One of the problems with getting as much snow as we all did is the possibility of ice building up on the roof of your house and forming an “ice dam”; a growing heap of ice that blocks the path of the melted snow. When snow accumulates on a roof, a cycle of melting and refreezing occurs. In a perfect world, the snow would melt off the roof, enter the gutters, and flow harmlessly to the ground. The warmer your attic is, the more melt off that occurs at the roof surface. Under certain conditions, though, when air temperature is very low, the water refreezes at the edge of the roof, where the interior roof surface is not being warmed by the attic.
Once this dam forms to a certain height, the melted snow that pools up behind it can suddenly leak back under the roof shingles and into your home! The thing with ice dams is that you need to deal with them immediately. Don’t let the snow pile up on your roof! For me this meant that on three different occasions I had to borrow my brother-in-law Bill’s 28 foot ladder and snow rake to remove 2-3 foot piles of snow on my roof (three stories off the ground).
The third floor of my 1912 house doesn’t have the proper insulation. My girls who used to have their bedrooms up there tell me that it was always “too cold”. I told them (like any good dad would); “If you’re cold grab a sweater”. So the possibility of snow forming ice dams is very real; we’ve had them twenty years ago. The average roof in St. Paul costs around $1,800 to $2,400 for ice dam removal; to say nothing of the cost to repair the interior damage caused by the water intrusion.
How can ice dams be prevented in the first place? The short term is to remove and keep the snow off the roof; as soon as you can after the snow has built up on the roof. The longer-term answer is by having proper insulation and ventilation.
These are simple solutions, yet in our neighborhood, I saw that almost every house had ice dams. Partially it was because we all live in very tall, older homes from the early 1900’s that have steep roofs and partially it is because it is expensive to deal with it - the going rate to remove snow and ice from a roof is $300 per hour.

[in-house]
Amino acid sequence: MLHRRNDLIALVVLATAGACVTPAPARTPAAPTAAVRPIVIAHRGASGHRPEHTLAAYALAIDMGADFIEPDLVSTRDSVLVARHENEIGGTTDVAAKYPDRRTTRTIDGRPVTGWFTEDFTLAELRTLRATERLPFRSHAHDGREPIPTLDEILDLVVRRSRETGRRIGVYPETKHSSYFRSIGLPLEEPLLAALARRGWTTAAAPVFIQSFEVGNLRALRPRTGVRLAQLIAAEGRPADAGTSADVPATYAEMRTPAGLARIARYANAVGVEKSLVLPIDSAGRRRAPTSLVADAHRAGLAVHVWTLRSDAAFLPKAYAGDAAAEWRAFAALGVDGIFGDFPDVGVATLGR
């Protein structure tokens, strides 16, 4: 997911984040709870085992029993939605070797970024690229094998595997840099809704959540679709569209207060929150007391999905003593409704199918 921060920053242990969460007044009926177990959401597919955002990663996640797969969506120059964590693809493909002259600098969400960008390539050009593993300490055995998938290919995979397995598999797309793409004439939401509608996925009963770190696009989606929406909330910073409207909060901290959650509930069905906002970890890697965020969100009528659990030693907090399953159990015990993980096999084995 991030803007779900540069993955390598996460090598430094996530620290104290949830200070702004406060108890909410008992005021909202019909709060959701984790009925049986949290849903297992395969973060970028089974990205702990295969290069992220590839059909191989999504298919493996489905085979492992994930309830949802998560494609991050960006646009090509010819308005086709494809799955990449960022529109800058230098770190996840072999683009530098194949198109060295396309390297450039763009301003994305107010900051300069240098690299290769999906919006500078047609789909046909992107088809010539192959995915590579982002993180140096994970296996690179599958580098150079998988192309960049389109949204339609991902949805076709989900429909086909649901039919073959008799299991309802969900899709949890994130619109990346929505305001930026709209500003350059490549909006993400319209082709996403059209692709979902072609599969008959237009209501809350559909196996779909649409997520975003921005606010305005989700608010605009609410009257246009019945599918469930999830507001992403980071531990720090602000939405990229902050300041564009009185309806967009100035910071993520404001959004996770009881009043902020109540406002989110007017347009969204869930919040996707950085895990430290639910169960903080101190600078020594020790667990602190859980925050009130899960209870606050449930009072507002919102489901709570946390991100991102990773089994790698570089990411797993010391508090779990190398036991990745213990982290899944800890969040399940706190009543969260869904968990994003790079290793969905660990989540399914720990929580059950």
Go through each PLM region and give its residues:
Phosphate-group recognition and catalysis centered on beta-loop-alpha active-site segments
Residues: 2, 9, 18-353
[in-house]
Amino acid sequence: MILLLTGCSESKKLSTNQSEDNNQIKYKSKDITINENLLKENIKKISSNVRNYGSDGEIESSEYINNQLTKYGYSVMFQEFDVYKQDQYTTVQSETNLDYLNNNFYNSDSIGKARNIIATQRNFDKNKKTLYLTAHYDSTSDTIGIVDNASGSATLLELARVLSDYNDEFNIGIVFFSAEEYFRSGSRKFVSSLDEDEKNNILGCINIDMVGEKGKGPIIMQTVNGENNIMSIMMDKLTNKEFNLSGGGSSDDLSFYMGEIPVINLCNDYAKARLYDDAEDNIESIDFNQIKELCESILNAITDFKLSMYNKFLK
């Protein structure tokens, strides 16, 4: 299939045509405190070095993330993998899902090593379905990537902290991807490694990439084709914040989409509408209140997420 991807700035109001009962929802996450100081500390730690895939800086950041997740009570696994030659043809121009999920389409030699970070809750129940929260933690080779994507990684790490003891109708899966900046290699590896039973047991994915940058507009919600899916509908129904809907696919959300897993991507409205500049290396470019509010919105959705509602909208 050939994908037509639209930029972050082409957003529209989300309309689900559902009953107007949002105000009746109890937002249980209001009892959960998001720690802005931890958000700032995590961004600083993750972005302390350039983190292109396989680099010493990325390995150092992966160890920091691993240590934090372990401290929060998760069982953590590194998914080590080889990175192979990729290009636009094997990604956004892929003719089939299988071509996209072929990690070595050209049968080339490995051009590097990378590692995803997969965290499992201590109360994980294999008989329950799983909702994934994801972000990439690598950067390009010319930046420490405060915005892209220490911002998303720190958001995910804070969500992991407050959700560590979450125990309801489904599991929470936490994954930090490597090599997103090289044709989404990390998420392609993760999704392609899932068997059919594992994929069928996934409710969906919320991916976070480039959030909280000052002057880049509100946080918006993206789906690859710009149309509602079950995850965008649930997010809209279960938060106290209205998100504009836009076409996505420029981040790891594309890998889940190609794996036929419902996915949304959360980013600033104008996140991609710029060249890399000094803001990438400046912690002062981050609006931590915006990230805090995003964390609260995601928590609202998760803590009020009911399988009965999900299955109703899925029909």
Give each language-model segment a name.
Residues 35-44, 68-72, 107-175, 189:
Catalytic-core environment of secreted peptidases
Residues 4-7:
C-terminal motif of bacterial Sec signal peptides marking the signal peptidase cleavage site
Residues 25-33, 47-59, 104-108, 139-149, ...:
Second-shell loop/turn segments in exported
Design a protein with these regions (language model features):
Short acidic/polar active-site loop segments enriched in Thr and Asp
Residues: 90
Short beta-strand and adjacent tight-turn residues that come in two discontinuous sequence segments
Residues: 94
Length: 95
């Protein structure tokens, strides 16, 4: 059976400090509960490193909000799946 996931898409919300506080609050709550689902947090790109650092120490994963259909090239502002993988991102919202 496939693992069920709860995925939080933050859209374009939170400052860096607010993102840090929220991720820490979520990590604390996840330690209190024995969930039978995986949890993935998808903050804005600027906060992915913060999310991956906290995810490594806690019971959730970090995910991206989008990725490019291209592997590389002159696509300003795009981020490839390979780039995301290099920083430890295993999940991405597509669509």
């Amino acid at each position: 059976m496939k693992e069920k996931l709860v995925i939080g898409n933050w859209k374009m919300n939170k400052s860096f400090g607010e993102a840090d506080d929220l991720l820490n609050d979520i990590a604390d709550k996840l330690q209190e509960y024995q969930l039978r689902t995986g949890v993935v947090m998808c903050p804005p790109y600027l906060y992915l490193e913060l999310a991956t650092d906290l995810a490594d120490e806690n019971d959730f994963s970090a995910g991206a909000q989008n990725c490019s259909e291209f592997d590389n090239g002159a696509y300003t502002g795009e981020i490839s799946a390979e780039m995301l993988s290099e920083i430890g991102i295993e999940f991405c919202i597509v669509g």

And, I think that some people have the notion that if you ignore it long enough, it will eventually go away. Simply put, homeowners could prevent unnecessary water intrusion and costly repairs if they would deal with the problem immediately, instead of waiting for further damage to be done on the inside of their homes.
Kind of reminds me of how some people deal with sin. Similar to ice dams, we need to deal with it immediately. Don’t let it pile up! Simply put, you and I could prevent unnecessary intrusion and costly repairs if we would deal with the sin problem immediately, instead of waiting for further damage to be done.
Acts 3:19 says; “Repent therefore and be converted, that your sins may be blotted out, so that times of refreshing may come from the presence of the Lord”
James 5:16 says; “Confess your trespasses to one another, and pray for one another, that you may be healed. The effective, fervent prayer of a righteous man avails much.”
1 John 1:9 says; “If we confess our sins, He is faithful and just to forgive us our sins and to cleanse us from all unrighteousness.”
Isaiah 1:18 says; “Come now, and let us reason together,” Says the LORD, “ Though your sins are like scarlet, They shall be as white as snow; Though they are red like crimson, They shall be as wool.”
Go to God and deal with the sin in your life before it causes a more serious damn in your life, and the life of those around you. “For the wages of sin is death, but the gift of God is eternal life in Christ Jesus our Lord.” (Romans 6:23)
A video to say "goodbye" to the snow